What Is Hedge Accounting?
Hedge accounting is a method of accounting where entries to adjust the fair value of a security and its opposing hedge are treated as one. Hedge accounting attempts to reduce the volatility created by the repeated adjustment to a financial instrument’s value, known as fair value accounting or mark to market. This reduced volatility is done by combining the instrument and the hedge as one entry, which offsets the opposing’s movements.
Understanding Hedge Accounting
A hedge fund is used to lower the risk of overall losses by assuming an offsetting position in relation to a particular security. The purpose of the hedge fund account is not necessarily to generate profit but instead to lessen the impact of associated losses, especially those attributed to interest rate, exchange rate, or commodity risk. This helps lower the perceived volatility associated with an investment by compensating for changes that are not purely reflective of an investment’s performance.
The point of hedging a position is to reduce the volatility of the overall portfolio. Hedge accounting has the same effect except that it is used on financial statements. For example, when accounting for complex financial instruments, adjusting the value of the instrument to fair value creates large swings in profit and loss. Hedge accounting treats the changes in market value of the reciprocal hedge and the original security as one entry so that large swings are lessened.
Hedge accounting is used in corporate bookkeeping as it relates to derivatives. In order to lessen overall risk, derivatives are often used to offset the risks associated with a security. Hedge accounting uses the information from the security and the associated derivative as a single item, lessening the appearance of volatility when compared to reporting each individually. For more on hedging risks, read How Companies use Derivatives to Hedge Risks.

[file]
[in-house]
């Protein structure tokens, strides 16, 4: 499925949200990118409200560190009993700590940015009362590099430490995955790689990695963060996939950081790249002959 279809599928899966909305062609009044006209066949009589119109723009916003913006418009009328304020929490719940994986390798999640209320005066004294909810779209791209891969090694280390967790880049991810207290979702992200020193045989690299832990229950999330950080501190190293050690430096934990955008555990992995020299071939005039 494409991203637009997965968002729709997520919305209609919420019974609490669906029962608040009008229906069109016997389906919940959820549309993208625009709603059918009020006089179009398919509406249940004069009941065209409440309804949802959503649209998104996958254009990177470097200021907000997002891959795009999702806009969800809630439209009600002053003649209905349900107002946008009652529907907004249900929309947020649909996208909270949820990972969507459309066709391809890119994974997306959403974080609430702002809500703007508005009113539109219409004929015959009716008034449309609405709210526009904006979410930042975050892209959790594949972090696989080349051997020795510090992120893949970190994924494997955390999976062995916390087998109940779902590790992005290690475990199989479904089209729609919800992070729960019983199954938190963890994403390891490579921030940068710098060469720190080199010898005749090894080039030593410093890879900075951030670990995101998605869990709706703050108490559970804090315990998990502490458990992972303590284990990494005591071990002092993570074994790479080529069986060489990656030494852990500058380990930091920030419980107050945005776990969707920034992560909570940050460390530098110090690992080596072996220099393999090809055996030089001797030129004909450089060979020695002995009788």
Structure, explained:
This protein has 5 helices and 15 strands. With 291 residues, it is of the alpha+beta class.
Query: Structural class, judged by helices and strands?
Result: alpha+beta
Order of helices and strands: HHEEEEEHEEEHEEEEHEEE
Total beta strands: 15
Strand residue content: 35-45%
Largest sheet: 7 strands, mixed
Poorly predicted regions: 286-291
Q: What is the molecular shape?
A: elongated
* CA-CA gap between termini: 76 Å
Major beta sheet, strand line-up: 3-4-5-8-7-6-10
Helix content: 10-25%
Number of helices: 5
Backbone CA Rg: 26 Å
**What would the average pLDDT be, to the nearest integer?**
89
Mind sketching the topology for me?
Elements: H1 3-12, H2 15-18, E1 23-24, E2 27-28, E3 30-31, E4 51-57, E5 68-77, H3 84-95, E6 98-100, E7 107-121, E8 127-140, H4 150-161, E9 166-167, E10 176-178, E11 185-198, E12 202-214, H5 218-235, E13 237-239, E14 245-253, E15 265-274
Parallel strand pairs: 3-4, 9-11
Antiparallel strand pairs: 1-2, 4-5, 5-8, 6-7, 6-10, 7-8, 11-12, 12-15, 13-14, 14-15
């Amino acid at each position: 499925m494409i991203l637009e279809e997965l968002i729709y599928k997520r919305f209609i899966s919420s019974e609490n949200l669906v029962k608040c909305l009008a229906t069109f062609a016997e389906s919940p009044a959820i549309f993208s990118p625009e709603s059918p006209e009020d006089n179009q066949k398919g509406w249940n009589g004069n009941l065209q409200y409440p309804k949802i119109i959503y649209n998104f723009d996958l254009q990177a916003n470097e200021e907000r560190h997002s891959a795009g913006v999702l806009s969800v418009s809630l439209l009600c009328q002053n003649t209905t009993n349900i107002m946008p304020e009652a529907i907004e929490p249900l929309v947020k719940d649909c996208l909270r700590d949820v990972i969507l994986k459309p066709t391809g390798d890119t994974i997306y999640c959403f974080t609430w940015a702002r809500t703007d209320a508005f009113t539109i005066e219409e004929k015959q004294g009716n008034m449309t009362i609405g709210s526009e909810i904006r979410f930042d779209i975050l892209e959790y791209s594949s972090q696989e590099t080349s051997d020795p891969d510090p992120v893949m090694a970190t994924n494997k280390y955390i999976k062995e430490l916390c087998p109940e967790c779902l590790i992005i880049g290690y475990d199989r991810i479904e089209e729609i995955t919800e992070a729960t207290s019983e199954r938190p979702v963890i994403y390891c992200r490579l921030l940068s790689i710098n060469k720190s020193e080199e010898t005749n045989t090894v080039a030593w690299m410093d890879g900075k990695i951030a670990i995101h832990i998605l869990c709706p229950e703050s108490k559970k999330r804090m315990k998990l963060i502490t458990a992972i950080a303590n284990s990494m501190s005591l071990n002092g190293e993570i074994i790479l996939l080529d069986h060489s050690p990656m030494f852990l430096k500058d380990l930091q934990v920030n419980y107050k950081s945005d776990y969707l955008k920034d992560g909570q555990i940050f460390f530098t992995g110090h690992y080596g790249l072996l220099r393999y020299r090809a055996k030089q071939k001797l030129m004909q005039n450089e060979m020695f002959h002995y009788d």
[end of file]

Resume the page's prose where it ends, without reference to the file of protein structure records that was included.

Recording Hedge Accounting
Hedge accounting is an alternative to more traditional accounting methods for recording gains and losses. When treating the items individually, such as a security and its associated hedge fund, the gains or losses of each would be displayed individually. Since the purpose of the hedge fund is to offset the risks associated with the security, hedge accounting treats the two line items as one. Instead of listing one transaction of a gain and one of a loss, the two are examined to determine if there was an overall gain or loss between the two and just that amount is recorded.
This approach can make financial statements simpler, as they will have fewer line items, but some potential for deception exists since the details are not recorded individually.